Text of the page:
- lower the threshold for reporting to organisations with 100 or more employees; and
- require employers to publish action plans to reduce relevant differences in pay.
For more on this topic in Europe, a resolution of the European Parliament has been adopted calling for more ambitious measures to close the continuing substantive gender pay gap across the EU (press release).
Ethnic Diversity Enriching Business Leadership – An update report from The Parker Review is a new publication based on research into ethnic diversity reporting by the FTSE 100 and 250, commissioned by the Financial Reporting Council, showing that these businesses are not yet on track to meet the Parker Review targets for BAME representation on boards (press release).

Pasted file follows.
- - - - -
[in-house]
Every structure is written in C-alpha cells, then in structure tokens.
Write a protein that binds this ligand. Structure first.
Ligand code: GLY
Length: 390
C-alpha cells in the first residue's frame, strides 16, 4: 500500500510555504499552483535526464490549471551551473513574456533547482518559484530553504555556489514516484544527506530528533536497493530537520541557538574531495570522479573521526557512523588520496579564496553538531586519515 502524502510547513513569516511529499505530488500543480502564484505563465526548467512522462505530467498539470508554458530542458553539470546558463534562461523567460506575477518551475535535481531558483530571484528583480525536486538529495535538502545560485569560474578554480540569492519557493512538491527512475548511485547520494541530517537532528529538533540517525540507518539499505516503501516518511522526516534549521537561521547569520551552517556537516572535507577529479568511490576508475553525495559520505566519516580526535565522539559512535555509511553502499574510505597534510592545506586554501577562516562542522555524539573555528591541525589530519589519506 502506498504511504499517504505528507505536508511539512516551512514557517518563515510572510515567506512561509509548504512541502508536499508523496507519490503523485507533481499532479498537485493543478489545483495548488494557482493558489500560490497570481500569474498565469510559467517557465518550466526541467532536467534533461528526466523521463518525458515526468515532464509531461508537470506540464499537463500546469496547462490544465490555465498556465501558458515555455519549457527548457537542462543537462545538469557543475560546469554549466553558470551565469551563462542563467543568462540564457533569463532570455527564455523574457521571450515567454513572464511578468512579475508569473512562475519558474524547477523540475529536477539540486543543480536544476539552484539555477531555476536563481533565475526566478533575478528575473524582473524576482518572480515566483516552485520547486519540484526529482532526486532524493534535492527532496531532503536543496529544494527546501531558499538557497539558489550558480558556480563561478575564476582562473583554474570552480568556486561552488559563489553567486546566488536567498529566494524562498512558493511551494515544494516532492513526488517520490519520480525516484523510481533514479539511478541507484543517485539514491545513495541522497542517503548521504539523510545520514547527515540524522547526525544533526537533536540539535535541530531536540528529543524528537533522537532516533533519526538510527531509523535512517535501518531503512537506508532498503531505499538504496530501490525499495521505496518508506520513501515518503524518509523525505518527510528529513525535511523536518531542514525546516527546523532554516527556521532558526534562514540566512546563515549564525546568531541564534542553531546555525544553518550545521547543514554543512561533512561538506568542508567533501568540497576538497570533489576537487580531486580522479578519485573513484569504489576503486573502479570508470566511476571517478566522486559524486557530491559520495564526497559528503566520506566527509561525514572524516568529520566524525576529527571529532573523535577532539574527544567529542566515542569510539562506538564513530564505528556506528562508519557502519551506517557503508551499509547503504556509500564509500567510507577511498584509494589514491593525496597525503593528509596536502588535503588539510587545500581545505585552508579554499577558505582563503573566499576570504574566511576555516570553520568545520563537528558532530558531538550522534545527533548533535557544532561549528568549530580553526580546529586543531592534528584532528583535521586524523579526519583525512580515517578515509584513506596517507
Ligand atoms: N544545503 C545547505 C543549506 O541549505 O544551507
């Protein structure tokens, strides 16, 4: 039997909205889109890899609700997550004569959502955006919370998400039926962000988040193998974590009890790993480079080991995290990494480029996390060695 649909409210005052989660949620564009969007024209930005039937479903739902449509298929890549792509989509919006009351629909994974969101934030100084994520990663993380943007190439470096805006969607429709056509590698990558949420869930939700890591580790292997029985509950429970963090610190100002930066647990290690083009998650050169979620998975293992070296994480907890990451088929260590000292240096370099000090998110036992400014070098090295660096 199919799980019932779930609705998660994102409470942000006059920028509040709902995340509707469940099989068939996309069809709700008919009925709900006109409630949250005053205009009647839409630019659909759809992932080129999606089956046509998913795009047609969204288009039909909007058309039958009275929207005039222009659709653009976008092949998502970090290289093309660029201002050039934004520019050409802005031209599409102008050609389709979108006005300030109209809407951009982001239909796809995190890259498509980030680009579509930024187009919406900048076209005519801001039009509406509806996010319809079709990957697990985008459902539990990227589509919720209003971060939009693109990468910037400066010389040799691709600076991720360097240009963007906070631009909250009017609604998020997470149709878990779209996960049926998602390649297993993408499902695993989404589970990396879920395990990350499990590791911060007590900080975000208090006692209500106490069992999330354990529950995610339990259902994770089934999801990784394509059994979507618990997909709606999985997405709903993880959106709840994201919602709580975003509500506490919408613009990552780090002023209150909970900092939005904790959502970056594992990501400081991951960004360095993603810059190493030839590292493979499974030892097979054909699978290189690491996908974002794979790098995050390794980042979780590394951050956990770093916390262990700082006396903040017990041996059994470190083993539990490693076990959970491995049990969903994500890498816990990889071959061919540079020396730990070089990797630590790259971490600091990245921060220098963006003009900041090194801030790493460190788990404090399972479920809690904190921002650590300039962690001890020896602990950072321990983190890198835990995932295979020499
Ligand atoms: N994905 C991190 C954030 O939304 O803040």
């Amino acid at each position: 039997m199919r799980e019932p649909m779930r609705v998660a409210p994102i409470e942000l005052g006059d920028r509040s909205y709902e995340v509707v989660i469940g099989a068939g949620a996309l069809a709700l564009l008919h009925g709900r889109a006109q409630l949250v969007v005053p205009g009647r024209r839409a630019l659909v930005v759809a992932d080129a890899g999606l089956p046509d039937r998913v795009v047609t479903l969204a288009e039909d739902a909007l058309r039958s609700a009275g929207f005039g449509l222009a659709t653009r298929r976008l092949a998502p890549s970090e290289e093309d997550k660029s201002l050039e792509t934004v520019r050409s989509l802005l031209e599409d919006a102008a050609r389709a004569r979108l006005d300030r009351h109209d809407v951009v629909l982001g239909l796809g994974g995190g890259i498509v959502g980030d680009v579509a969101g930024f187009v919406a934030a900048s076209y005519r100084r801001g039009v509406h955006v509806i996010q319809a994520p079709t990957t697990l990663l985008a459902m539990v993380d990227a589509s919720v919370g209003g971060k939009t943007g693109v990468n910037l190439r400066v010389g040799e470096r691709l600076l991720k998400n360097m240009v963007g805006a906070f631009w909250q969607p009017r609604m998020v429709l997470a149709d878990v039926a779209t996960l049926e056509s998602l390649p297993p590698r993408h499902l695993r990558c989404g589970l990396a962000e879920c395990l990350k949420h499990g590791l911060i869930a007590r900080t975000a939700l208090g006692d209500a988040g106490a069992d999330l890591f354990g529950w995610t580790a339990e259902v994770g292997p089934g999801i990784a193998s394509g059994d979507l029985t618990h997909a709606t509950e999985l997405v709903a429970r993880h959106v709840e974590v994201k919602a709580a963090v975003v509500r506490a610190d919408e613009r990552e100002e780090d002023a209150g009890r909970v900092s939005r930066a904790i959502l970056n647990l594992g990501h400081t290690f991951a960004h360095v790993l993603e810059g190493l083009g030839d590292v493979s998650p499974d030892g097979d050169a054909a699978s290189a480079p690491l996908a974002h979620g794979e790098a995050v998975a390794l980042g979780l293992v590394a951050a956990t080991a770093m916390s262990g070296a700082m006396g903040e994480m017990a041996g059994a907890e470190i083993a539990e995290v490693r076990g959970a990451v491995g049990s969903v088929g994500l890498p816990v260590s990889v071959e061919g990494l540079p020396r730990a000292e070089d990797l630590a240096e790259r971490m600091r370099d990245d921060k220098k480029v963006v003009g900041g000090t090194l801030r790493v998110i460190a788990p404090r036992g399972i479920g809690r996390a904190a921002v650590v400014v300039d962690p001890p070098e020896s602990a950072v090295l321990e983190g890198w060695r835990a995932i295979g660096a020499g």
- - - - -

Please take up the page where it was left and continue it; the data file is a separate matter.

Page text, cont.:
The European Commission has published a Proposal for a Regulation: Non-financial reporting by large companies (updated rules), which is open for responses until 27 February 2020. Current issues, which the initiative seeks to remedy with better reporting, include that: investors have insufficient information to take account of sustainability-related risks and opportunities, or of the social and environmental impacts of investments, companies may not be held to account for their impacts on society and the environment, and the EU Single Market risks not maximising its potential to deliver the European Green Deal and support the UN SDGs. (The Inception Impact Assessment provides further detail.) A further consultation on the details of the proposal is expected later in the year.